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I didn't think of this before I answered. I said one project at a time, but
I didn't define a project as a single manual. I maintain several manuals.
When it's time to update, the same changes usually need to be made in more
than one manual. Thus, I define updating the "manuals" as one project. As
opposed to another project which would be producing a new manual for a new
I like/need variety, but prefer to define a project, start it, and finish it
without interrupting it for another project. I can concetrate and remember
the details better that way. And I hate having to put away all the source
materials (notes, scribbles from engineers, examples, printed pages, etc.)
for a project, knowing I am not done and will have to drag them all out
again. I hate when my desk gets such a mess that I can't find things. At
that point, I have to stop and organize.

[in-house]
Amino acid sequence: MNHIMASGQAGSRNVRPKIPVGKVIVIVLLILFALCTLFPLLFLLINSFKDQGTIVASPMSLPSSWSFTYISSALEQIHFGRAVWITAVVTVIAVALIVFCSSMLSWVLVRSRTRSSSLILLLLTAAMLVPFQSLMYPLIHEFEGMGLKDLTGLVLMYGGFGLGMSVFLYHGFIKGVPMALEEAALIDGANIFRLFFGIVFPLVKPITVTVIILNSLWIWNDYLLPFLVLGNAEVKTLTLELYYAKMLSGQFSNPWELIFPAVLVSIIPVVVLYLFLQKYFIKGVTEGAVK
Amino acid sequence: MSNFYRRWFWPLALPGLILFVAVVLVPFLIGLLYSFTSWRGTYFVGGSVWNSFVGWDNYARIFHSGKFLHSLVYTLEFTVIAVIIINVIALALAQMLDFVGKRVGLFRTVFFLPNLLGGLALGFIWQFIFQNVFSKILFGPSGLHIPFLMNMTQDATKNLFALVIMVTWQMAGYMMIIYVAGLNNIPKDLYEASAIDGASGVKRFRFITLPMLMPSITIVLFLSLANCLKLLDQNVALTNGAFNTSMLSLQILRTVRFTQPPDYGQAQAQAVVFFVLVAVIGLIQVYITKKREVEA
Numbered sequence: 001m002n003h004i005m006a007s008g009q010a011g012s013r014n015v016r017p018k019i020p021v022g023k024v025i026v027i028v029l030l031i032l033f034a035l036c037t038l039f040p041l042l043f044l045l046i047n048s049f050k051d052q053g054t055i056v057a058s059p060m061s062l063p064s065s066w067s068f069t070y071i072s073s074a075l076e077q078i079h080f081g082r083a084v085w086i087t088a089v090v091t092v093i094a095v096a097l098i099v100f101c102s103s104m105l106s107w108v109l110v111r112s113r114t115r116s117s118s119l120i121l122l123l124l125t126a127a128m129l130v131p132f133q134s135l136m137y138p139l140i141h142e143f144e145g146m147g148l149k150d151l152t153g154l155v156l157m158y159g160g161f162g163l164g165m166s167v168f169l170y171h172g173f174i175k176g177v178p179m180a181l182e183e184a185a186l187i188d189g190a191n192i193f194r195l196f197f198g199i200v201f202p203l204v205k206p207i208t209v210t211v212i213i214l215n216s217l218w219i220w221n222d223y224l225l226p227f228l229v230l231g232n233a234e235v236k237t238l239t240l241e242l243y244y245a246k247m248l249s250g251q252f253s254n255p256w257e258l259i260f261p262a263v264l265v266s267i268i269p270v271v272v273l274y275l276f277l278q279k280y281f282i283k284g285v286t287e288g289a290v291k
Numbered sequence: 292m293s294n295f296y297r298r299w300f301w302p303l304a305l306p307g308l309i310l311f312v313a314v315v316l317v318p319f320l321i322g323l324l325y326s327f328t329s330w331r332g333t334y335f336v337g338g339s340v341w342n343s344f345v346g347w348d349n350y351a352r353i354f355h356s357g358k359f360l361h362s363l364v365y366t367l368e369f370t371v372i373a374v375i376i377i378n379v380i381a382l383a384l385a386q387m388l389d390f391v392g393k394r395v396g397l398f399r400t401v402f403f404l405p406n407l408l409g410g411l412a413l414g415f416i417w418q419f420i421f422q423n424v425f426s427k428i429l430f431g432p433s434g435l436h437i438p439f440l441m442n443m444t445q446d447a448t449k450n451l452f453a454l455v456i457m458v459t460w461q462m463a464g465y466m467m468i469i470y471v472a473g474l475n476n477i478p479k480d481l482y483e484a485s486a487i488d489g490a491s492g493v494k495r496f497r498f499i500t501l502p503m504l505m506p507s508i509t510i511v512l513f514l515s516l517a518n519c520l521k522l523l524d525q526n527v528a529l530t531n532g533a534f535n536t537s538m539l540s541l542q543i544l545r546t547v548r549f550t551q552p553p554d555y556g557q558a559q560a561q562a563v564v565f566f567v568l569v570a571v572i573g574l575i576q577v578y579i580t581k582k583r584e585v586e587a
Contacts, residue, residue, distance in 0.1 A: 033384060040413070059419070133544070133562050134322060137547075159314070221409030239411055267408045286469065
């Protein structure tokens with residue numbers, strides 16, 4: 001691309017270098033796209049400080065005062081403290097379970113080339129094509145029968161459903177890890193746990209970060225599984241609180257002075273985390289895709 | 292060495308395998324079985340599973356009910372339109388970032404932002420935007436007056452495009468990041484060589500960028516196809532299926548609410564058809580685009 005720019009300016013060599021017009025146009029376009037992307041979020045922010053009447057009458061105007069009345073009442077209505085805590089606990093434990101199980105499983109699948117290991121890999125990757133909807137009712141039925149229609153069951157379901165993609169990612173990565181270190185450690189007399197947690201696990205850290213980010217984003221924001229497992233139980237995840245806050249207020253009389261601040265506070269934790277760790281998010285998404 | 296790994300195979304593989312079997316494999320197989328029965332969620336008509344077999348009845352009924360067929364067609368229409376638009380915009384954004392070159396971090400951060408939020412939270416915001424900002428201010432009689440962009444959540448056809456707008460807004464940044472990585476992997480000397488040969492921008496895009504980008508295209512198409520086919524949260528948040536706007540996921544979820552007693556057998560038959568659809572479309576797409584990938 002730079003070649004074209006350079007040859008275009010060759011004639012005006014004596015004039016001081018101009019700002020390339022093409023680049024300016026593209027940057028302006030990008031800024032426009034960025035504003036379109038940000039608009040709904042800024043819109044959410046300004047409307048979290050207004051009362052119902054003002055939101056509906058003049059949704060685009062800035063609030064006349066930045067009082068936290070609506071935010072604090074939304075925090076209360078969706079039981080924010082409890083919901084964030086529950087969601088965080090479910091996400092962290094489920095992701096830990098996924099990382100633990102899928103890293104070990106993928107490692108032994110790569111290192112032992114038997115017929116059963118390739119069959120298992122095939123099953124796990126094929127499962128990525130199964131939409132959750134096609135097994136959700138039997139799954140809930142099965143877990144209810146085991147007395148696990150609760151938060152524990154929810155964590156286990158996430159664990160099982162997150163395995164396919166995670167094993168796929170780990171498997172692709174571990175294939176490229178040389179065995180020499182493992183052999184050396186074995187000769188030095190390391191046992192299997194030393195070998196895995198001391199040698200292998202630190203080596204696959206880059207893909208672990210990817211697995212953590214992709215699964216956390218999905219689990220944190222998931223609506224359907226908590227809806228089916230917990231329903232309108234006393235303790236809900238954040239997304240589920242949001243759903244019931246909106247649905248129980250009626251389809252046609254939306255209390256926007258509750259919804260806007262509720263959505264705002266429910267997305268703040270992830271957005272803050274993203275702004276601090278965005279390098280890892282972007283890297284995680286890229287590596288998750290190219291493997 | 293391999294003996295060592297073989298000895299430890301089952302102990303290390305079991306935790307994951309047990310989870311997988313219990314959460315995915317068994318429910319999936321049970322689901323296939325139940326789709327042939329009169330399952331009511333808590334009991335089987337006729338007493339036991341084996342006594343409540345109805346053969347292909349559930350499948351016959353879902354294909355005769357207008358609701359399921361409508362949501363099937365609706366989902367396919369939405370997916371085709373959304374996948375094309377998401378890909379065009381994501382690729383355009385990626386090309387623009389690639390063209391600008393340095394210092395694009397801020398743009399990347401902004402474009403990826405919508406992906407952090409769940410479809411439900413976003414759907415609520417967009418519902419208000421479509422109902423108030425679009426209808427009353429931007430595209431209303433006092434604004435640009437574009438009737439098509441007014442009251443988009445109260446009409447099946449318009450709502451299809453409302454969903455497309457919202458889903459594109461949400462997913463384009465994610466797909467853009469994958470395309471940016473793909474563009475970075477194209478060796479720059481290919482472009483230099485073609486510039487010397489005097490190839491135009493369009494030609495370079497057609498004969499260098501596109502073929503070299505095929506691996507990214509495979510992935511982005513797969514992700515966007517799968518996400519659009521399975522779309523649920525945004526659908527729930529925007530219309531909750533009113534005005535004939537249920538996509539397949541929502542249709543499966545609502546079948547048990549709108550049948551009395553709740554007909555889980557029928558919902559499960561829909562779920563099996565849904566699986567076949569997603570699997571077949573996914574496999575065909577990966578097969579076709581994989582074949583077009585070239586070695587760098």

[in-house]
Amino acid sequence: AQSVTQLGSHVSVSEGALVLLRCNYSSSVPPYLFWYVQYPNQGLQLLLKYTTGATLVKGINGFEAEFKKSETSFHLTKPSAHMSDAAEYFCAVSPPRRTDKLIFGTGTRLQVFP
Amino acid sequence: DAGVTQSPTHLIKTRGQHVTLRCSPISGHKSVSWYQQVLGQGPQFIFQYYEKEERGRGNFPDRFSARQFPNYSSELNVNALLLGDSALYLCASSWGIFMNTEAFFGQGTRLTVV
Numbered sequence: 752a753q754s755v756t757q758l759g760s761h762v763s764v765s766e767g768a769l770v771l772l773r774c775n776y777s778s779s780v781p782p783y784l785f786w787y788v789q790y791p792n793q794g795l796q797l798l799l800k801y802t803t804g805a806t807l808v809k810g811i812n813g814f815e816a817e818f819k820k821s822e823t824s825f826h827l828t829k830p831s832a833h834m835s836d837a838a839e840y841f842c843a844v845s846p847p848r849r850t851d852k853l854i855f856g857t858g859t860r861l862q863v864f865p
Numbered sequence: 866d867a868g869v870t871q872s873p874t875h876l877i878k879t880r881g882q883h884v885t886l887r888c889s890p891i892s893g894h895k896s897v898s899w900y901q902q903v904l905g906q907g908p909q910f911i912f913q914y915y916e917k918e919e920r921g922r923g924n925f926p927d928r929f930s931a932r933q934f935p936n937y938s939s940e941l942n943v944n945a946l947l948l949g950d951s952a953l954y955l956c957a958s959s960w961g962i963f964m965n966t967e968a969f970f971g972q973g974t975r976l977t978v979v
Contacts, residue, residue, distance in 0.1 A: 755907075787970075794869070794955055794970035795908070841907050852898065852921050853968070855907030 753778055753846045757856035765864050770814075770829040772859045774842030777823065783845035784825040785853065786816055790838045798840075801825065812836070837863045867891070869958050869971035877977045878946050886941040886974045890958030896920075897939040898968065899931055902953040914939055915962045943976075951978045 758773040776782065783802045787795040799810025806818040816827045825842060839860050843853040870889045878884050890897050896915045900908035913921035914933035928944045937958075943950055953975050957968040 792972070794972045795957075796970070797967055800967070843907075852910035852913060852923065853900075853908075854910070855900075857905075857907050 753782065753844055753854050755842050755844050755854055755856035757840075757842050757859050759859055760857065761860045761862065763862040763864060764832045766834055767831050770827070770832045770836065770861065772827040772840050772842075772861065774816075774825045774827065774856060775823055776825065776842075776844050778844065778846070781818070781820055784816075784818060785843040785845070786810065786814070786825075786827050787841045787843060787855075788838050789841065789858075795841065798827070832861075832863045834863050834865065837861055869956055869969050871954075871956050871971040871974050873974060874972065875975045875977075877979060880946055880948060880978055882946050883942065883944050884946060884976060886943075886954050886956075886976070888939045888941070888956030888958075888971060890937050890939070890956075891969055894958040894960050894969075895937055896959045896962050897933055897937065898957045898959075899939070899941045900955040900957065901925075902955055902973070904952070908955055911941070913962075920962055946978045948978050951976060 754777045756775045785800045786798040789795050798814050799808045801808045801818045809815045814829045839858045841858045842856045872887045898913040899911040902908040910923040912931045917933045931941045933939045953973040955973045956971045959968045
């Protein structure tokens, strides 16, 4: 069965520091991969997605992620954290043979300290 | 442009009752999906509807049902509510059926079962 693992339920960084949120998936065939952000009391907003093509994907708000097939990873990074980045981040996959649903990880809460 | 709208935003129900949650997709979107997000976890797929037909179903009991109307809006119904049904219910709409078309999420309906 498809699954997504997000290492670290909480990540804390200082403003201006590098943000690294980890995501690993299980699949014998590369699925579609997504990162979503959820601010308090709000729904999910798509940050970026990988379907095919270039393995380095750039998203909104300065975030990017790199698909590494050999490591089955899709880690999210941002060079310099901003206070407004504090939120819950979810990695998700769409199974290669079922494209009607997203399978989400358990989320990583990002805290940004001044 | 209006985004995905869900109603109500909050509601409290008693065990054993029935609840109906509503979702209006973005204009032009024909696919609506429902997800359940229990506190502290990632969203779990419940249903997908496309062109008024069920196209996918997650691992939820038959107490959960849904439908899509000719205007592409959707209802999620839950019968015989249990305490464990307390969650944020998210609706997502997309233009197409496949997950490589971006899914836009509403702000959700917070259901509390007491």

Systech Corporation, San Diego, CA mailto:janetv -at- systech -dot- com
> -----Original Message-----
> From: Rock, Megan [SMTP:Megan -dot- Rock -at- fanucrobotics -dot- com]
> Sent: Monday, February 19, 2001 6:53 AM
> To: TECHWR-L
> Subject: RE: New TECHWR-L Poll Question
> I'd be curious how other people defined the term "project" when they
> answered the poll question.
> I've never worked on just one project at a time, but my definition of
> 'project' in the context of my work is "any task that is different in
> or detail from another task." I might be working on one setup & ops
> but I usually have several unique features that I am documenting at the
> time, working with different developers and SMEs for each feature.
> some of you would say that since my end product will be one manual, I'm
> actually working on one 'project' with multiple tasks.
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